by Kevin Walsh

The other day, I posted a photo of Atlantic and Flatbush Avenues in about 1910, remarking on what has changed and what has stayed the same since then. Today I will move the dials of the H.G. Wells time machine ahead 30 years, to 1940, and giddily take a look at what has transpired since then.

There’s plenty going on here, at the X formed by Atlantic and Flatbush. Trolleys still roamed the streets as most routes would until the mid-1940s, with the last trolley dying off in 1956. Mayor LaGuardia did not care for them and listened closely to the automotive lobby, and buses were soon to take control of the streets.

I’ll make an admission. I feel a pang of pain whenever I see a photo of an elevated train being demolished. I want as much transit as possible: subways, buses/trolleys, elevated trains, commuter railroads. I think the 1930s was Peak Transit in NYC, as all of Manhattan’s els were still there, as well as Brooklyn’s Myrtle Avenue and Bronx’s Third Avenue Els. I realize many people disagreed about els. It was dark and noisy beneath them, and crime lurked. But had they survived, we can do things about all of that: dampen the noise, provide adequate police protection, and better lighting. I wish all the els had survived. The 5th Avenue El ended service here in 1940 and was torn down soon after.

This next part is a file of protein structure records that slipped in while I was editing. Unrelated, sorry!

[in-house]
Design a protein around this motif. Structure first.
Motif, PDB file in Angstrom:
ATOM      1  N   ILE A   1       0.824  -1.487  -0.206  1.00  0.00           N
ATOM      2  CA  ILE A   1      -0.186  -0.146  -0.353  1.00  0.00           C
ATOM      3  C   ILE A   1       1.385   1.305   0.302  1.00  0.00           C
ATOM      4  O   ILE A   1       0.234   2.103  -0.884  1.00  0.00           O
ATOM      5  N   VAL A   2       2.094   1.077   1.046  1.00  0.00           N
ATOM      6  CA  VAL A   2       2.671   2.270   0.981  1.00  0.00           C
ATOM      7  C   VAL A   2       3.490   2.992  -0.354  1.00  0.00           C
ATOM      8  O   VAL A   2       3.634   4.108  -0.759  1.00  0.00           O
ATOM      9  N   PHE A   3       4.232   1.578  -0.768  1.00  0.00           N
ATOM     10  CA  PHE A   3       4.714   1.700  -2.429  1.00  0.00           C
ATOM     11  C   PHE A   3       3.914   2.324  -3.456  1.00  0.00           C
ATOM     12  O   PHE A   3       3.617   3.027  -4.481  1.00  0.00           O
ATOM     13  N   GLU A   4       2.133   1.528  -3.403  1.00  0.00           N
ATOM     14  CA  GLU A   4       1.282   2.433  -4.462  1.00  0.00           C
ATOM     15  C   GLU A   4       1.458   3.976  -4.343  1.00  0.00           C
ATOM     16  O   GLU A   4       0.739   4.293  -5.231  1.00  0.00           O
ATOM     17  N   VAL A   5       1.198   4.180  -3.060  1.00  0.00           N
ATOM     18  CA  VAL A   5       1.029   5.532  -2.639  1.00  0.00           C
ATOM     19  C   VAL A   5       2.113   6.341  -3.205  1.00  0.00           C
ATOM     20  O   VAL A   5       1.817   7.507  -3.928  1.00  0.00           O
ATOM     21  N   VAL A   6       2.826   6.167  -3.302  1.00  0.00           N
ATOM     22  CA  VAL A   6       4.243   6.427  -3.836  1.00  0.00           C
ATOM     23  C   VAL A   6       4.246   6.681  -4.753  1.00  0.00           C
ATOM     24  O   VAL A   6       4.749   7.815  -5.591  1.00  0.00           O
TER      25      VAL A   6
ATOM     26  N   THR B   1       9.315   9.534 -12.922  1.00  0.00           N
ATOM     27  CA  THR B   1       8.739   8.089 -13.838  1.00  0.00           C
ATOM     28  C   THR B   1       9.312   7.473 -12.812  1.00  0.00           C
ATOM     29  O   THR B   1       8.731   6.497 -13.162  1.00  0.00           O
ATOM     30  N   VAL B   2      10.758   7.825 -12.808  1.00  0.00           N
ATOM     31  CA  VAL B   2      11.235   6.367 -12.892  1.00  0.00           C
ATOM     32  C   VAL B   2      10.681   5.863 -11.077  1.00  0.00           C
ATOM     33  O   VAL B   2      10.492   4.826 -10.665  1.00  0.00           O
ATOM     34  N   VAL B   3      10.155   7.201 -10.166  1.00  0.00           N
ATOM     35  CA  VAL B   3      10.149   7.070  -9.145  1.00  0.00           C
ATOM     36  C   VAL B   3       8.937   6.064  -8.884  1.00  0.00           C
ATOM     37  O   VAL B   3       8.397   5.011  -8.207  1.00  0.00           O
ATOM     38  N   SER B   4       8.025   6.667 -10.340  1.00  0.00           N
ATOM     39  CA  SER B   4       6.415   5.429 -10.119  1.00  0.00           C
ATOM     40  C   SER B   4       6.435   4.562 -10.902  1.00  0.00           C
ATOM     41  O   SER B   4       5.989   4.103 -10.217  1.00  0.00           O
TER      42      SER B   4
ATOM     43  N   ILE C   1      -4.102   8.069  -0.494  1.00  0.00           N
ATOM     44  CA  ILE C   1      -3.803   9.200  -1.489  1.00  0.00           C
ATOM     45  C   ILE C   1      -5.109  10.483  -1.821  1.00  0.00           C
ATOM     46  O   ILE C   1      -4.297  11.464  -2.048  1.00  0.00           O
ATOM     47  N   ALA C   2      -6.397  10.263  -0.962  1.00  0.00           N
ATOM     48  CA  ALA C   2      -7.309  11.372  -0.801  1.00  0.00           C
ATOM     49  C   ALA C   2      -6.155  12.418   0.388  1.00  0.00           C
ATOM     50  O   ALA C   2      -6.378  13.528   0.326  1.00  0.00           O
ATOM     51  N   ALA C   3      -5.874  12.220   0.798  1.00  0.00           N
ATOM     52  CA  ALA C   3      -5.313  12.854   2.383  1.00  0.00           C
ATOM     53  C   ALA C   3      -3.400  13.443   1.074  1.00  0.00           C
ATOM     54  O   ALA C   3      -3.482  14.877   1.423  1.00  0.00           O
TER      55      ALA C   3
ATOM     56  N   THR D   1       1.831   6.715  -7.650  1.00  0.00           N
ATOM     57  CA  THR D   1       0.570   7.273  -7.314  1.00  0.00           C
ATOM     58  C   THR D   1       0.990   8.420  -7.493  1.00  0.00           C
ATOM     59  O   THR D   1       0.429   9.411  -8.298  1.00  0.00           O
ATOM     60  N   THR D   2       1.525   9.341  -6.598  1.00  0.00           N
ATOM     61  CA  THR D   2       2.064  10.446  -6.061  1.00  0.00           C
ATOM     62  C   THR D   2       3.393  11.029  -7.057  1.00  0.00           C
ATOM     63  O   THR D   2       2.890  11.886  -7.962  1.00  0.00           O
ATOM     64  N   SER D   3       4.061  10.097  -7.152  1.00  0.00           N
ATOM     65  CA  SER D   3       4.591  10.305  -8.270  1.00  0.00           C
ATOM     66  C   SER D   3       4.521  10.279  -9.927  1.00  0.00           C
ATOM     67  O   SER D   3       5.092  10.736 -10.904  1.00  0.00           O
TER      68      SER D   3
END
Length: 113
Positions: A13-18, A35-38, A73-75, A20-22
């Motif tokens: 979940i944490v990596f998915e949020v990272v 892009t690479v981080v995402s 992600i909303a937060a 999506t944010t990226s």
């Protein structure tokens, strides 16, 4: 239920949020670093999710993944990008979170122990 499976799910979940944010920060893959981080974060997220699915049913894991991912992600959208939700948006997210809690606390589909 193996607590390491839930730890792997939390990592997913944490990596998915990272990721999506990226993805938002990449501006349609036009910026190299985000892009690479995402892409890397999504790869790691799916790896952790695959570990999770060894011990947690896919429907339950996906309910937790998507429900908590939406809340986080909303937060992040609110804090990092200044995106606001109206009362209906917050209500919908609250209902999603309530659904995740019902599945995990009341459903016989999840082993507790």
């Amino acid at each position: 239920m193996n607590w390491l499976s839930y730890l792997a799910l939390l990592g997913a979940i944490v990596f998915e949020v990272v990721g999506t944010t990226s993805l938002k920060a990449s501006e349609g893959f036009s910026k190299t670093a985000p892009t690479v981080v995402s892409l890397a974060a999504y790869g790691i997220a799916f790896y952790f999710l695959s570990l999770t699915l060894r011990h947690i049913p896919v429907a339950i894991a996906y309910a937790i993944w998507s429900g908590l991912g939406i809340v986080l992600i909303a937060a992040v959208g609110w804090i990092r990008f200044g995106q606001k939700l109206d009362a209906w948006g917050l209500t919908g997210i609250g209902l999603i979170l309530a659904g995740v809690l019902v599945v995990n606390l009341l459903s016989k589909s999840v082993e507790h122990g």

At right is a Bickford’s restaurant. Bickford’s was a restaurant chain once dominant in the NYC area founded by Samuel Longley Bickford (1885-1959). The first Bickford’s opened in 1921 and the chain eventually expanded to over 100 locations in the NYC area, New England, Florida and California,where restaurants were known as Foster’s Cafeterias.

All of NYC’s Bickford’s, however, were closed by 1982. In 2020 only two Bickford’s remain open in Burlington and Woburn, Massachusetts. The one in this location, however, remained in existence at least into the 1960s and I even seem to remember passing it on bus rides while I was attending high school nearby in the early 1970s.

As mentioned on the first Flatbush and Atlantic page, linked above, the former Long Island Rail Road Brooklyn terminal can be seen at right; it was built in 1903 and demolished in the 1980s, leaving an open pit for nearly 20 years before Atlantic Terminal shopping and a new LIRR terminal arrived in the 2000s.

At left is downtown Brooklyn’s version of a Corvington lamppost, known in the streetlighting catalogue from 1934 I have as an “Old Edison Post No.4.” Brooklyn had a number of such posts in use on main and side streets beginning in the 1910s. They were used in downtown Brooklyn as well as the neighborhoods of Cobble Hill and Carroll Gardens, formerly grouped under the moniker of “South Brooklyn.” Elsewhere in Brooklyn, the usual castirons such as Bishop Crooks, Type F, etc. were used, and even in downtown Brooklyn, these styles had already made a major incursion.

To my chagrin, none of the Old Edison posts has survived anywhere (though as a very young kid riding the buses, I seem to recall one or two still around). I’d love it if manufacturers such as Spring City, PA would make a mold of the Old Edisons for Brooklyn use.